Czech Republic: A frivolous insolvency motion may not only give rise to the obligation to pay damages – it may also trigger criminal liability
A case heard by the Czech Supreme Court under ref. No. 8 Tdo 1352/2014 concerned a motion for the initiation of insolvency proceedings which was aimed not so much at resolving the debtor’s inability to pay but at attaining unlawful enrichment for the petitioner.
The Supreme Court established that the petitioner had filed their insolvency motion in spite of having been fully aware that their claim raised against the “debtor” lacked any legitimate title, and that the “debtor” was not in fact bankrupt. At the same time, the petitioner knew well that their insolvency motion would have adverse consequences (i.e., in particular, damage to the reputation of the “debtor”, or the exclusion of the “debtor” from the possibility to participate in tenders for public contracts as a bidder), and in fact sought to use these adverse consequences as leverage in order to coerce the “debtor” to satisfy illegitimate claims for payment and to withdraw court action which the “debtor” had filed earlier.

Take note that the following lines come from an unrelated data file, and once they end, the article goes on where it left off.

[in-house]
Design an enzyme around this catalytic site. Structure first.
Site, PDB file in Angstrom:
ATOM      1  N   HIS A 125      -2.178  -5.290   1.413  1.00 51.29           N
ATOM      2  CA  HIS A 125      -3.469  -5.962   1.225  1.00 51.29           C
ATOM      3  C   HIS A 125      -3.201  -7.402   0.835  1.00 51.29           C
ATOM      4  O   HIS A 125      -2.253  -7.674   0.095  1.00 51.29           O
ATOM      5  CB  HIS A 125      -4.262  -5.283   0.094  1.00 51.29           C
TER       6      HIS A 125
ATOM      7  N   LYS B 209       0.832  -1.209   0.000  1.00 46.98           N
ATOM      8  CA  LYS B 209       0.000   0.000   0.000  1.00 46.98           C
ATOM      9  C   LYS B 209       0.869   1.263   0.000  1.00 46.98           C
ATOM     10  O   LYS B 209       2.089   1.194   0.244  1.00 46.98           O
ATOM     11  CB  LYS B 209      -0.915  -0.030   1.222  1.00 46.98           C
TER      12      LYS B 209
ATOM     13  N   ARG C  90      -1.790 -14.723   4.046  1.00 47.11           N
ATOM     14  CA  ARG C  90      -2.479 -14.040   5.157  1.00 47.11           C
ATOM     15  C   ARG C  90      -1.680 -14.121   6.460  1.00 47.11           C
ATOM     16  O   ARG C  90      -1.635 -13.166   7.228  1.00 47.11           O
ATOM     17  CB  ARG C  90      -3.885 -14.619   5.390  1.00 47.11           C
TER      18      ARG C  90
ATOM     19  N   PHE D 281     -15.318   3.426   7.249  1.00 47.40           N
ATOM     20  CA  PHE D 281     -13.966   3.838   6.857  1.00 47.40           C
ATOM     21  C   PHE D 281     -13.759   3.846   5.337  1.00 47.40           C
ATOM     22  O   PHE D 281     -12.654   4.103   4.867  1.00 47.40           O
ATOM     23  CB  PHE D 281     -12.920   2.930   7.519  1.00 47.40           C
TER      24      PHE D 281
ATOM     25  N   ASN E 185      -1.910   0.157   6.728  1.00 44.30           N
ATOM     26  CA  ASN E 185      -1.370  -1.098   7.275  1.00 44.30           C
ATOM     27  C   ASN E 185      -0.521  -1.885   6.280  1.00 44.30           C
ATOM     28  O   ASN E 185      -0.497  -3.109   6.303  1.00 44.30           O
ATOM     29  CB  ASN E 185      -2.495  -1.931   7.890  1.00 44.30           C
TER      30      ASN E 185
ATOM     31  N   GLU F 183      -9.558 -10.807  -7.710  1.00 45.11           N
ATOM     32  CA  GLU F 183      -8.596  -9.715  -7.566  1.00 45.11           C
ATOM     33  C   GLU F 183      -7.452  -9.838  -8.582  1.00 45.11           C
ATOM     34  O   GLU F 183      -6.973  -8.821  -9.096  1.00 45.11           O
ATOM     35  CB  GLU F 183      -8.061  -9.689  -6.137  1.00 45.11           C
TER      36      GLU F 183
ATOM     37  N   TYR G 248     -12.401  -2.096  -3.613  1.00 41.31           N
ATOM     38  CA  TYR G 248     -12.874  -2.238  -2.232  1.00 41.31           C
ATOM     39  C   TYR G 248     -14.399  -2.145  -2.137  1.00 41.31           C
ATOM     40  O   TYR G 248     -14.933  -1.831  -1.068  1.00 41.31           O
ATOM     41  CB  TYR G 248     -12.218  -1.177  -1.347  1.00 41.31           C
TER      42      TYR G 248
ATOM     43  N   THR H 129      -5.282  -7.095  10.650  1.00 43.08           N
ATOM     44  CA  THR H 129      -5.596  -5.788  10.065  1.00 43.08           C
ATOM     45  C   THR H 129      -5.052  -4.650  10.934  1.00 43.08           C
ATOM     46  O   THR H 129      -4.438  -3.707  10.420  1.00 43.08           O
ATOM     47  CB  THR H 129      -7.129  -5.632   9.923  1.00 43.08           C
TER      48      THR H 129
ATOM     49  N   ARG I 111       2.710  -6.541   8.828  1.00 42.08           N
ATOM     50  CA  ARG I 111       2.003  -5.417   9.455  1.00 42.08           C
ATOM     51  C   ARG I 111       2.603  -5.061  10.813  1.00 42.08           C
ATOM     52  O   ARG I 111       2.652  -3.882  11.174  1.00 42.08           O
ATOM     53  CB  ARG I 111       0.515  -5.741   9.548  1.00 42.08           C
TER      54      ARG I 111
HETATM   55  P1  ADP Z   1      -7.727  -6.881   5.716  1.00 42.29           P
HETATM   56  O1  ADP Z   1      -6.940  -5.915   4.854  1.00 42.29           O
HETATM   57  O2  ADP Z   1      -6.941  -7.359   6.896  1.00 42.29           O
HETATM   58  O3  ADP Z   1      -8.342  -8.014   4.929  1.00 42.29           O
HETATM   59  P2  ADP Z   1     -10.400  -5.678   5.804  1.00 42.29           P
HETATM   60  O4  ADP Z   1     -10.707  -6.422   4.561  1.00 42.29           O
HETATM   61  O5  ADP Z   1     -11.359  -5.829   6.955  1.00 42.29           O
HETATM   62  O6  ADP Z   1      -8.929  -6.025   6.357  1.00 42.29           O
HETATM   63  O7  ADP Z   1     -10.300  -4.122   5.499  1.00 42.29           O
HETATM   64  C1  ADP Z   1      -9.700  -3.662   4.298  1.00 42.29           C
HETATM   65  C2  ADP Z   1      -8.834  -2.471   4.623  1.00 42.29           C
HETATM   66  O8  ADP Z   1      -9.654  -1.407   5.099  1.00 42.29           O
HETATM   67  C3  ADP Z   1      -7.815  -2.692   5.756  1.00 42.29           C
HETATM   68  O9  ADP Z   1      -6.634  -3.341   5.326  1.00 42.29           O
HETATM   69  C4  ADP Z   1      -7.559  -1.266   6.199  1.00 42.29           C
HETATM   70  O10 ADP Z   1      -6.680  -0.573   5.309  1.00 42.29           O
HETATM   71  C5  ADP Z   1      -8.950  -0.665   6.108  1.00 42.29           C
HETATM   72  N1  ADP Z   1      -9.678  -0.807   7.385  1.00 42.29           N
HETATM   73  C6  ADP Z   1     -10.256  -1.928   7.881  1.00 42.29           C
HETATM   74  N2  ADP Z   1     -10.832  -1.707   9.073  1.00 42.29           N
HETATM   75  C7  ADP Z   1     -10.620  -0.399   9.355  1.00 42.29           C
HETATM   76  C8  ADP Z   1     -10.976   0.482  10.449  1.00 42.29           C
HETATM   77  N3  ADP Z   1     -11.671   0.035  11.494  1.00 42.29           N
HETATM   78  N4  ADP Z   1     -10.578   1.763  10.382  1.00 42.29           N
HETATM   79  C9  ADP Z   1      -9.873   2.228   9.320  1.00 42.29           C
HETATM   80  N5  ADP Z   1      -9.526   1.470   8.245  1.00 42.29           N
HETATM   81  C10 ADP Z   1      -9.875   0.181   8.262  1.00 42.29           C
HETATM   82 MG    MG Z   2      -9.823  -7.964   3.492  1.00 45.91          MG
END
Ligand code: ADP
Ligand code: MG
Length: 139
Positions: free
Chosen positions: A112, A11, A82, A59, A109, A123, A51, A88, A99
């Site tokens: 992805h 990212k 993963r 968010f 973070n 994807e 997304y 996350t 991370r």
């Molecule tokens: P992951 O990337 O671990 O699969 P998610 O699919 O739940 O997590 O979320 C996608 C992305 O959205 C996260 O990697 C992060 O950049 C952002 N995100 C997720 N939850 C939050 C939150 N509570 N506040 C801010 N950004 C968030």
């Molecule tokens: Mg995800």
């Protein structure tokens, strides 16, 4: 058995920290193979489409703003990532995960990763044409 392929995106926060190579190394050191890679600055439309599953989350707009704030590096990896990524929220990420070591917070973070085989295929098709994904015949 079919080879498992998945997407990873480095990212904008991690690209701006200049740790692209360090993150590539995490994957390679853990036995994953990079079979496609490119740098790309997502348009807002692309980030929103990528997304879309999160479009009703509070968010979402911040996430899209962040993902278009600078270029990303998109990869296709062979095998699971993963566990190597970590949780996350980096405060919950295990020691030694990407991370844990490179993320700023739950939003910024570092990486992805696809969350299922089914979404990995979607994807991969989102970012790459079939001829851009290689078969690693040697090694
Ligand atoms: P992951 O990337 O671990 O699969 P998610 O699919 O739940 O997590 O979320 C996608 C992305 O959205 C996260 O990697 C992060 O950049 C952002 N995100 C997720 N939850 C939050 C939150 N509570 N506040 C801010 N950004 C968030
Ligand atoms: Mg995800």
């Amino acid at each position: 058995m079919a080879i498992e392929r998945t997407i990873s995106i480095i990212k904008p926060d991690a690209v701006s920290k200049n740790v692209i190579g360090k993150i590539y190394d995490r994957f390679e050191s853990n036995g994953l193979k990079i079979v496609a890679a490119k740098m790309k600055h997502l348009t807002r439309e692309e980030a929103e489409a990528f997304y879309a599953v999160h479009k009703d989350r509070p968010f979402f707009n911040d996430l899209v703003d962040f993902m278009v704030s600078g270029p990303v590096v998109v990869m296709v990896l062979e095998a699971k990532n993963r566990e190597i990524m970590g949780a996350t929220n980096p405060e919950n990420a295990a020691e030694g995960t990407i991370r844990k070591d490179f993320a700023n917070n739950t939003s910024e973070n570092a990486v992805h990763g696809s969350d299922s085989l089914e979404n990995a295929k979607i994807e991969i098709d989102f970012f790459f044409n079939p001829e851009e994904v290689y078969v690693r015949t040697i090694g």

The petitioner was eventually found guilty of the misdemeanor of defamation, in that it had disseminated false information which was apt to cause substantial harm to the reputation which the other party enjoyed among the general population, and of the misdemeanor of extortion, in that the actions of the petitioner were not aimed at resolving a bankruptcy situation but at forcing another person (who is not bankrupt) to engage in, or refrain from, or suffer certain actions.
With a view to the above, it stands to reason to assume that the risk of being the subject to criminal prosecution over a frivolous insolvency motion is substantial enough to act as a deterrent. Practice has shown that the current fine of up to CZK 50,000 envisioned by Sec. 128a of the Insolvency Act has had little value as a deterrent, and the same goes for the recourse to claiming damages in a potential civil-law procedure. By contrast, the risk for specific individuals of becoming exposed to criminal-law penalties may very well play a protective role in this respect.
Source: Supreme Court ruling of 26 February 2015, case number 8 Tdo 1352/2014-38